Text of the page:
10 charged after LSU freshman from Roswell dies with .495% alcohol level

12:30 p.m Wednesday, Oct. 11, 2017 Atlanta News

Ten people were charged Wednesday for their alleged roles in a hazing incident at Louisiana State University that killed a freshman from Roswell, the University said. 

Max Gruver had an alcohol level of .495 percent — more than six times the legal limit for drivers —  at the time of his death, the East Baton Rouge Parish Coroner’s Office said Wednesday. Gruver, 18, died Sept. 14 after a suspected hazing incident at the Phi Delta Theta fraternity house, according to investigators. 

On Wednesday, the Coroner’s Office said an autopsy determined Gruver died from acute alcohol intoxication with aspiration. 

RELATED: LSU fraternity loses charter after Roswell freshman’s death

ALSO: Was hazing to blame for Max Gruver’s death?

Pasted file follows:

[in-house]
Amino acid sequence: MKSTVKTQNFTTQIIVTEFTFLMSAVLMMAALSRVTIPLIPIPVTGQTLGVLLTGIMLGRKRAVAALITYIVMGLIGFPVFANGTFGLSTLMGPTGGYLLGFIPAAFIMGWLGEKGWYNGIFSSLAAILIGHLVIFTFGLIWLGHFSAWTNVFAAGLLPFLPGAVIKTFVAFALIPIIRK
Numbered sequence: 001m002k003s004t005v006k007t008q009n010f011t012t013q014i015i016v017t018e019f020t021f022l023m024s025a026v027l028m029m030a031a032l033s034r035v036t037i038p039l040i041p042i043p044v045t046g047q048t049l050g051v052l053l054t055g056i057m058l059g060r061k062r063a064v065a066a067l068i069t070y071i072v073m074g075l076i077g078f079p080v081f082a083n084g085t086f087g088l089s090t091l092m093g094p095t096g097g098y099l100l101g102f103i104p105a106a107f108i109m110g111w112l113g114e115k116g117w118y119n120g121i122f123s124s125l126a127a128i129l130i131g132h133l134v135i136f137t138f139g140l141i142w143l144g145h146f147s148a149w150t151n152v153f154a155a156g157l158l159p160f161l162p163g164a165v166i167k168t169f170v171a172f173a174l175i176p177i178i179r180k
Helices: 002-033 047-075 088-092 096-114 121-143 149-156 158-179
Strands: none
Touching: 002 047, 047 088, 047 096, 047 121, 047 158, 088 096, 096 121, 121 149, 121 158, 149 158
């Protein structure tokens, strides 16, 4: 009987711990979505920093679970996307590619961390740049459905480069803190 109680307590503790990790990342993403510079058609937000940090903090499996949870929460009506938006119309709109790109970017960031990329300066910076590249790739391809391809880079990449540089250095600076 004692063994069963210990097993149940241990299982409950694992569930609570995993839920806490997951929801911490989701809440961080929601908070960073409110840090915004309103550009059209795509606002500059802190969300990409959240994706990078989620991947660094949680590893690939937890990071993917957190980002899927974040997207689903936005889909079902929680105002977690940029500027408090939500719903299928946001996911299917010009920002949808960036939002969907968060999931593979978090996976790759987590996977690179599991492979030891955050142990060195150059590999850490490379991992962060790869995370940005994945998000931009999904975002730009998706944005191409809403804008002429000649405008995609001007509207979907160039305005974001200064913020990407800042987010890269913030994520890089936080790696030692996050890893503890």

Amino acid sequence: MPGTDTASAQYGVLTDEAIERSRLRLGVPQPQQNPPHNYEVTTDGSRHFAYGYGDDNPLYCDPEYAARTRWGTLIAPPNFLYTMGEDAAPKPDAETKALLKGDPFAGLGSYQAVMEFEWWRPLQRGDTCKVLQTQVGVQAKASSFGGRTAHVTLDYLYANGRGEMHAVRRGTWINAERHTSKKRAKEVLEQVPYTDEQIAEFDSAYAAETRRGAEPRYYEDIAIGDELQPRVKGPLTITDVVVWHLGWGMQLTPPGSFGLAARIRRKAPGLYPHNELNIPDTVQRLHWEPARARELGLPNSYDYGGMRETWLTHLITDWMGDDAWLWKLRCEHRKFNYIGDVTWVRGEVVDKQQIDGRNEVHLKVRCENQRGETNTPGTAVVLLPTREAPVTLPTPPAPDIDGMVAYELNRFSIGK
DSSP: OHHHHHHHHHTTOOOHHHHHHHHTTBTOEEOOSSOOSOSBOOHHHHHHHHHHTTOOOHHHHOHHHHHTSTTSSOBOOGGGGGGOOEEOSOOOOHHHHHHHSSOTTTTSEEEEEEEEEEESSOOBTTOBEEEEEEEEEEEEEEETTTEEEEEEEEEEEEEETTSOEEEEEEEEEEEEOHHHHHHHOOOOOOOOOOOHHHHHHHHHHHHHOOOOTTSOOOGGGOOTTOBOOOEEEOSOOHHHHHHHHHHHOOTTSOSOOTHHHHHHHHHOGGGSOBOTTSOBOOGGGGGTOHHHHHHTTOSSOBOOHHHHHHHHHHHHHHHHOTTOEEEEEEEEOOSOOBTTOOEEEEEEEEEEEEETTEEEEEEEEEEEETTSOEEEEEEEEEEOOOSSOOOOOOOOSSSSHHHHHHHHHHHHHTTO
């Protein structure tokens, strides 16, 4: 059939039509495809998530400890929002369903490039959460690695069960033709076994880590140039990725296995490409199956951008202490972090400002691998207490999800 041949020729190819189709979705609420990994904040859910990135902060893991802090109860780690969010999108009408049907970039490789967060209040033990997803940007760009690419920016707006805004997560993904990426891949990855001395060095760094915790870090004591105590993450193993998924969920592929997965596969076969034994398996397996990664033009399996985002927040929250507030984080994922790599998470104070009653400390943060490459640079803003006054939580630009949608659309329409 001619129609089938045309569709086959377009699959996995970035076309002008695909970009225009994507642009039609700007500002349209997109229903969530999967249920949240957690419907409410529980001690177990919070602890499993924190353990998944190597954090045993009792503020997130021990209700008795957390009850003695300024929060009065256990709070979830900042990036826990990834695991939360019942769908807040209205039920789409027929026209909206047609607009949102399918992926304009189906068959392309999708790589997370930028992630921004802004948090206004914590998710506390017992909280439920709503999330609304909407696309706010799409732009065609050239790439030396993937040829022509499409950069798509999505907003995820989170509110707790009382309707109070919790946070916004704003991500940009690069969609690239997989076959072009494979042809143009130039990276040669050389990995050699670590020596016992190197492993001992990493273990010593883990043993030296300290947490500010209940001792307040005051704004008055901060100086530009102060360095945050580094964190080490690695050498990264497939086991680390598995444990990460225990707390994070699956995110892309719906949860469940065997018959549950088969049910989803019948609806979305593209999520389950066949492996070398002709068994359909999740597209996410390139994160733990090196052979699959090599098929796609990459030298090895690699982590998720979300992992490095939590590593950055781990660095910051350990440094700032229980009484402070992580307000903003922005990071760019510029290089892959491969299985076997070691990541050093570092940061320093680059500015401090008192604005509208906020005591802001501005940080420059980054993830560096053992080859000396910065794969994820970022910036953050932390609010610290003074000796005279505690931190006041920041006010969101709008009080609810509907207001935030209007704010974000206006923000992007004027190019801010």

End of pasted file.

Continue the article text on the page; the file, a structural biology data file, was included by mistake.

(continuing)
Preliminary tests showed a highly elevated alcohol level, and Gruver also had THC — the chemical found in marijuana — in his urine. LSU President F. King Alexander suspended all Greek activities after Gruver’s death. The fraternity’s national headquarters also suspended the LSU chapter.

LSU said Wednesday arrest warrants had been issued, charging 10 — eight current and two former— students with hazing. One student, Matthew Alexander Naquin, was also charged with negligent homicide, the University said. Gruver’s family was informed of the investigation findings and charges. 

“Today’s arrests underscore that the ramifications of hazing can be devastating,” Alexander said Wednesday in an emailed statement. “Maxwell Gruver’s family will mourn his loss for the rest of their lives, and several other students are now facing serious consequences – all due to a series of poor decisions.”

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Gruver was a 2017 graduate of Blessed Trinity High School and planned to study journalism at LSU. He loved sports and helped coach younger children, including his sister’s basketball team, according to his family. 

“Max was very lovable. He cared a lot about people,” Eugene Gruver, Max’s grandfather, told The Atlanta Journal-Constitution the day after his death. “He was bright, he was intelligent. He was so talented. He knew all about sports.”

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